R
    You agreeing with me is not as surprising as your admitting such. Very courageous.
    Jack Straw and diannaart as well. Hoowoodathunkit?

  20. Michael Taylor

    I agree with you too, Harquebus.

    Gosh, what’s the world coming to? 😳

  21. Harquebus

    I’m on a roll.

    Michael Taylor
    While you are here; I got the NBN here the other day. It was the only way to change to a cheaper plan. After hearing yours and others problems, I was worried but, apart from a temporary inconvenience of laying a cable between two rooms, all is good. No problems. Faster and cheaper.

    Jus’ wanted to let you know.
    And this which, when I read, I thought of you. I am sure that you can relate.

    “The caliber of discourse has degenerated utterly at NC in the wake of Charlotteville. I am disabling comments on all live posts. I am sick, now up until 9 AM ruining my health. I do not need this bullshit. It is not worth the effort to clean up the disinformation and the upset and dishonest argumentation. I have really had it. I’m not getting any posts done and that is far more important than riding herd on out of control comments.
    I am also truly appalled by what some of you have said. This has brought out the worst in a lot of people. I have never had to blacklist and moderate so many people in such a short period of time.
    You guys managed to ruin a great comments section. Well done.”
    https://www.nakedcapitalism.com/2017/08/i-am-disabling-comments.html

    You can remove this off topic comment now.

  22. Jack Straw

    Harquebos is the New Messiah he walketh upon water. Harquebex leadith me from away from evil. Show me the way Harquemeister; you have all the answers!

  23. SurReal

    Reason and critical thinking, are deliberately being sabotaged by muddied waters. Valid points like the ones you express in this article Jennifer, are an anathema to the religious and political class. You can’t control the masses with reason. Emotions, preferably negative ones, all the way!

    I’ve cherry-picked two Biblical passages below, both from the book or Romans, which demonstrate apparent religious justification for discrimination and rank hypocrisy (I know there are many genuine Christians who take pride in living as if “love is the fulfillment of the law”, so I apologise if I offend with my point below):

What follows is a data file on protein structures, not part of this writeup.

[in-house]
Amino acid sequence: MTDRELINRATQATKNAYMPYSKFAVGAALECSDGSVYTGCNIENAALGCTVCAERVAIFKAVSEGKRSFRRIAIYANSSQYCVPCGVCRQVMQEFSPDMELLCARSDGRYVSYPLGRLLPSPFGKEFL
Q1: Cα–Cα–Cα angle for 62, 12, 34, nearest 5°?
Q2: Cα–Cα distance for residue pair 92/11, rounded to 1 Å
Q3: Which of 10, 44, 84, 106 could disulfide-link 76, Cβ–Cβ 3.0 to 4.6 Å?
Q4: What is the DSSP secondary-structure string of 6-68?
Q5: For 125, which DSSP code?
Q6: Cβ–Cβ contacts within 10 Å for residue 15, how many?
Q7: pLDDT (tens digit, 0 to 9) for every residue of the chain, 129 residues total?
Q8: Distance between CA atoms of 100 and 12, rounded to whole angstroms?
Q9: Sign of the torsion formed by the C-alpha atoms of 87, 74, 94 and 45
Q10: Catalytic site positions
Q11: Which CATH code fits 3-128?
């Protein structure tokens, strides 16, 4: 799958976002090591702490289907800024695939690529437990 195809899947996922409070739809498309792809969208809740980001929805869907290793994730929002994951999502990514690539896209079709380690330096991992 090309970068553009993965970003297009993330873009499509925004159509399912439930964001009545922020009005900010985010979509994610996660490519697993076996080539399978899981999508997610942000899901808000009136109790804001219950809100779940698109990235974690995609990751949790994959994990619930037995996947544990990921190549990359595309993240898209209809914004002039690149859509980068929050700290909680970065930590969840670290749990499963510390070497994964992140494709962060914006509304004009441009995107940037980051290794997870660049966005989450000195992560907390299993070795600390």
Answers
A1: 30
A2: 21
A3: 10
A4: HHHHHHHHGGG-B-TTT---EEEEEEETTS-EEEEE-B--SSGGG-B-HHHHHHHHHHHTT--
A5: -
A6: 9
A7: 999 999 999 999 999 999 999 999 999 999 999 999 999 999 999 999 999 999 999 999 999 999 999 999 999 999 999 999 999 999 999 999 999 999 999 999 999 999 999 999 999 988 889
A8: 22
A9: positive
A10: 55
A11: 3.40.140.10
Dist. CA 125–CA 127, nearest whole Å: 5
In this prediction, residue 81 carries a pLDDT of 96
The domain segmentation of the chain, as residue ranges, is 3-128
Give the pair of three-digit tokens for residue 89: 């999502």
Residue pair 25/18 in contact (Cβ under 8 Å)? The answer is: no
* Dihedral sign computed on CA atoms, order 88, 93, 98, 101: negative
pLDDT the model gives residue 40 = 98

Justification for discrimination:
    Romans – Chapter 1 (NIV) ~ 21 For although they knew God, they neither glorified him as God nor gave thanks to him, but their thinking became futile and their foolish hearts were darkened. 22 Although they claimed to be wise, they became fools 23 and exchanged the glory of the immortal God for images made to look like a mortal human being and birds and animals and reptiles. 24 Therefore God gave them over in the sinful desires of their hearts to sexual impurity for the degrading of their bodies with one another. 25 They exchanged the truth about God for a lie, and worshiped and served created things rather than the Creator—who is forever praised. Amen. 26 Because of this, God gave them over to shameful lusts. Even their women exchanged natural sexual relations for unnatural ones. 27 In the same way the men also abandoned natural relations with women and were inflamed with lust for one another. Men committed shameful acts with other men, and received in themselves the due penalty for their error.

    …and lack of justification for other behaviours (e.g discrimination (@Jennifer), and tax minimisation and reporting misdeeds to police as per @townesvilleblog and @diannaart’s comments):
    Romans – Chapter 13 (NIV) ~ 1 Let everyone be subject to the governing authorities, for there is no authority except that which God has established. The authorities that exist have been established by God. 2 Consequently, whoever rebels against the authority is rebelling against what God has instituted, and those who do so will bring judgment on themselves. 3 For rulers hold no terror for those who do right, but for those who do wrong. Do you want to be free from fear of the one in authority? Then do what is right and you will be commended. 4 For the one in authority is God’s servant for your good. But if you do wrong, be afraid, for rulers do not bear the sword for no reason. They are God’s servants, agents of wrath to bring punishment on the wrongdoer. 5 Therefore, it is necessary to submit to the authorities, not only because of possible punishment but also as a matter of conscience. 6 This is also why you pay taxes, for the authorities are God’s servants, who give their full time to governing. 7 Give to everyone what you owe them: If you owe taxes, pay taxes; if revenue, then revenue; if respect, then respect; if honor, then honour.

    Worth a peruse, even if you’re not theologically minded (to fuel critical thinking) – http://www.biblestudytools.com/romans/

    @Havanaliedown I doubt you will be invited.